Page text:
Improved Construction and System Preservation Technologies
new strategies to enhance the quality performance of highway systems
Accelerated Construction Technology Transfer (ACTT)
January 2004, Missoula, Montana
Accelerated Construction Technology Transfer (ACTT) is a strategic process that uses various techniques and technologies to reduce construction time on major highway projects while enhancing safety and improving quality. The process is implemented by conducting 2-day workshops for State Departments of Transportation (DOTs). The American Association of State Highway and Transportation Officials (AASHTO) and the Federal Highway Administration (FHWA) jointly fund ACTT workshops.
In January 2004, the Montana Department of Transportation (MDT) hosted a workshop that brought together almost 100 transportation experts from many States. The primary objective of the workshop was to draw on the expertise of participants to help MDT achieve its goal of minimizing construction time for its US 93 upgrade between Evaro and Polson, in Western Montana. The $100 million project is to reconstruct this 80 km (50 mi) stretch of US 93 to upgrade the facility to today's design standards and add capacity. The project is somewhat unique, for it is entirely located within the Flathead Indian Reservation, the homeland of the Confederated Salish and Kootenai Tribes (CSKT). The Tribes recognize these lands as their homeland as well as the homeland for a variety of wildlife. The biggest challenge the project presents is upgrading to best accommodate traffic demands while minimizing impact on the natural environment, as well as other culturally sensitive issues. Another primary challenge is maintaining traffic flow during construction to ensure minimized disruption of tourist traffic, which peaks during the short construction season.
Opening the workshop on January 26 were representatives of the three governments involved (MDT, FHWA, and CSKT), including: the MDT Director, MDT District Administrator, and the Division Administrator for FHWA's Montana Division Office. Following the opening remarks and a project tour, the participants spent a day and a half brainstorming, looking for methods and measures that would help achieve project goals.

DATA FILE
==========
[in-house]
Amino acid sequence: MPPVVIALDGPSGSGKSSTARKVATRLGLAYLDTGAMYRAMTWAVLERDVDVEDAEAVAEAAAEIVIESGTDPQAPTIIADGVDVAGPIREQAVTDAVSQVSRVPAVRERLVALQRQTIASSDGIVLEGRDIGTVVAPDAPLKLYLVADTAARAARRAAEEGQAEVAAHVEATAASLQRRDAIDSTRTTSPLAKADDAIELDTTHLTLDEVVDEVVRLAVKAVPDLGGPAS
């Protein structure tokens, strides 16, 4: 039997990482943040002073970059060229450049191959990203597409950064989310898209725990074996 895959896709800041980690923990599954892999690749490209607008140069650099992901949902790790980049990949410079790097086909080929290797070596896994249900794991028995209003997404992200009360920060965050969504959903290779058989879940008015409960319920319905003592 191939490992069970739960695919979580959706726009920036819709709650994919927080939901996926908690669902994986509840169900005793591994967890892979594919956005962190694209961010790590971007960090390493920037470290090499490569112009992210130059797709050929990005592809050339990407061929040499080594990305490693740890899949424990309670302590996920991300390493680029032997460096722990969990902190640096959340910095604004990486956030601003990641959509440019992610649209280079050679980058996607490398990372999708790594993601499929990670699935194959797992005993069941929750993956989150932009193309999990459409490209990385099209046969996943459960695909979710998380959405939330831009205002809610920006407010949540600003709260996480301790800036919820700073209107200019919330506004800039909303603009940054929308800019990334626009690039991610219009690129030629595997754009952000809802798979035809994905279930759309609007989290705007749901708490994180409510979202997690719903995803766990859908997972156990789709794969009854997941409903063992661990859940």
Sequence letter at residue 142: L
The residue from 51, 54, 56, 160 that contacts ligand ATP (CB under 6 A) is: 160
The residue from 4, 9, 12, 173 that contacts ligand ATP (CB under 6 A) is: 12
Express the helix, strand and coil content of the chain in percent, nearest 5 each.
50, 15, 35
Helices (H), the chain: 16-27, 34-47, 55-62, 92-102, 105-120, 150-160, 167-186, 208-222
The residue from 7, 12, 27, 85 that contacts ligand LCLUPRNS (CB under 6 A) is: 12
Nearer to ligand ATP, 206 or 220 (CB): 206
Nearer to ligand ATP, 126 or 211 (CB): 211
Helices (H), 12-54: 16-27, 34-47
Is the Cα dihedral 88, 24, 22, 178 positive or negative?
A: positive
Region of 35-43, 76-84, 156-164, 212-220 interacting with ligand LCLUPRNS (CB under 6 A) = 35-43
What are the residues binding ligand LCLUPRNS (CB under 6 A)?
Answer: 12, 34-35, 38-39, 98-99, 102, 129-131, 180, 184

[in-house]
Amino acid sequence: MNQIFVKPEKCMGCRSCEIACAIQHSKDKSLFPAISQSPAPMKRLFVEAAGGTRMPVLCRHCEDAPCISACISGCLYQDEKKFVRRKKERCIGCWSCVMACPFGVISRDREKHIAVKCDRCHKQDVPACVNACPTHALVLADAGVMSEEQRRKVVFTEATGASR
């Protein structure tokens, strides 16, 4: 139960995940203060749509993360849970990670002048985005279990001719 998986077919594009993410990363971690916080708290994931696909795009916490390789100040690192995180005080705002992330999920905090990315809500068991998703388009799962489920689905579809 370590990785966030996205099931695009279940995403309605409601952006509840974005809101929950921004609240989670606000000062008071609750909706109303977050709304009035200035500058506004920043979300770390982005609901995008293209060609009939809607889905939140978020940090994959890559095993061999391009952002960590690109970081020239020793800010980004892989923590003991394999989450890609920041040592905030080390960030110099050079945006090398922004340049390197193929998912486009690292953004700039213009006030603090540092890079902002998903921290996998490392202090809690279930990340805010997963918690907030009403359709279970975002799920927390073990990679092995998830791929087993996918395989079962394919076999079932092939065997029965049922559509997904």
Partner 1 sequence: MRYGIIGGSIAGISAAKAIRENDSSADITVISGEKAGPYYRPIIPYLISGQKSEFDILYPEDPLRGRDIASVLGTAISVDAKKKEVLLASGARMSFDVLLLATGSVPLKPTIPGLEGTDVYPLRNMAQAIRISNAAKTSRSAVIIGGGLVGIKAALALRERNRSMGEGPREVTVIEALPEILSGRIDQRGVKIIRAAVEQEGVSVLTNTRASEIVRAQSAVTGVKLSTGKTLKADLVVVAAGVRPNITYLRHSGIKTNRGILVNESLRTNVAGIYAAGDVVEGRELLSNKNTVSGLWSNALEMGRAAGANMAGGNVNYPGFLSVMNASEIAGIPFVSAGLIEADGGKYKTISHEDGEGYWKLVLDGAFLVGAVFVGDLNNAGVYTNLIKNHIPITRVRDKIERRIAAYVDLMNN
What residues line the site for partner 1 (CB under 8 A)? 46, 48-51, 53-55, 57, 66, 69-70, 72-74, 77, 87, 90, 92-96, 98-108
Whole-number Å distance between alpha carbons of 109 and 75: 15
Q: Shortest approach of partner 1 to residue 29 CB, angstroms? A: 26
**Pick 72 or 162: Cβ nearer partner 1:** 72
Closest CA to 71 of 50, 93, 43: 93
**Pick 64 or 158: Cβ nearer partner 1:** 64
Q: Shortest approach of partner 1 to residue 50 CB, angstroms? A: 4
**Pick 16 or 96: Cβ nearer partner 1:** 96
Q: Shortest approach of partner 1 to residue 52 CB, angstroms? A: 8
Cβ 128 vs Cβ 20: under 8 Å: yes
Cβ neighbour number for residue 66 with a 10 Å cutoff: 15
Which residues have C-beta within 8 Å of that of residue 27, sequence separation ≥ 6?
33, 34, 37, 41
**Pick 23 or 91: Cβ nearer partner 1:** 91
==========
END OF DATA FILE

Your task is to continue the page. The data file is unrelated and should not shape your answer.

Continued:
The Skill Sets represented at the MDT's workshop were: Construction; Traffic/Work Zone Safety; Right-of-Way/Utilities/Railroad; Public Relations/ITS; Geotechnical and Materials; Innovative Contracting; Environmental; and Structures. Each group focused on how the ACTT process applied to the specific concerns of their Skill Set. The teams presented numerous ideas and recommendations, many of which were deemed viable and will be pursued, according to MDT. Among these recommendations were:
- Establish a corridor management/communication team to include all three governments with a single-point-contact speaker.
- Change the sequence of project construction to allow for a more efficient use of resources.
- Employ such construction methods and materials as jet grouting, welded wire walls for wall facings, and controlled staging of geotech work. Utilize contractor staking and predetermined pay quantities. Accommodate and encourage GPS grade control.
- Use prefabricated structural components and install them at night. Due to the short construction season, prefabricate structural components during the off-season.
- Pre-approve tribal borrow sites to minimize inspection time during construction.
- Establish a comprehensive traffic management plan, including considerations such as pedestrian traffic control, elderly drivers, property access, wildlife concerns, and regular coordination meetings.
- Allow contractors to bid with an option for traffic control/sequence of operation.
- Employ Transportation Demand Management techniques to reduce the number of vehicles on the roadway resulting from local commuters.
- Create a database accessible by all entities to track Right-of-Way/Utilities progress. Make automated acquisition forms available.
With the workshop now completed, it remains for MDT to sift through the reports produced by the Skill Set groups and decide which ideas should be implemented in future planning, design, and construction phases of the project.
To find out more about the project and the implementation of recommendations, contact:
Ted Burch of the FHWA Division Office at (406) 449-5302, ext. 231, firstname.lastname@example.org.
Loren Frazier of MDT at (406) 523-5800, email@example.com.
U.S. Department of Transportation | Federal Highway Administration | Montana Division Office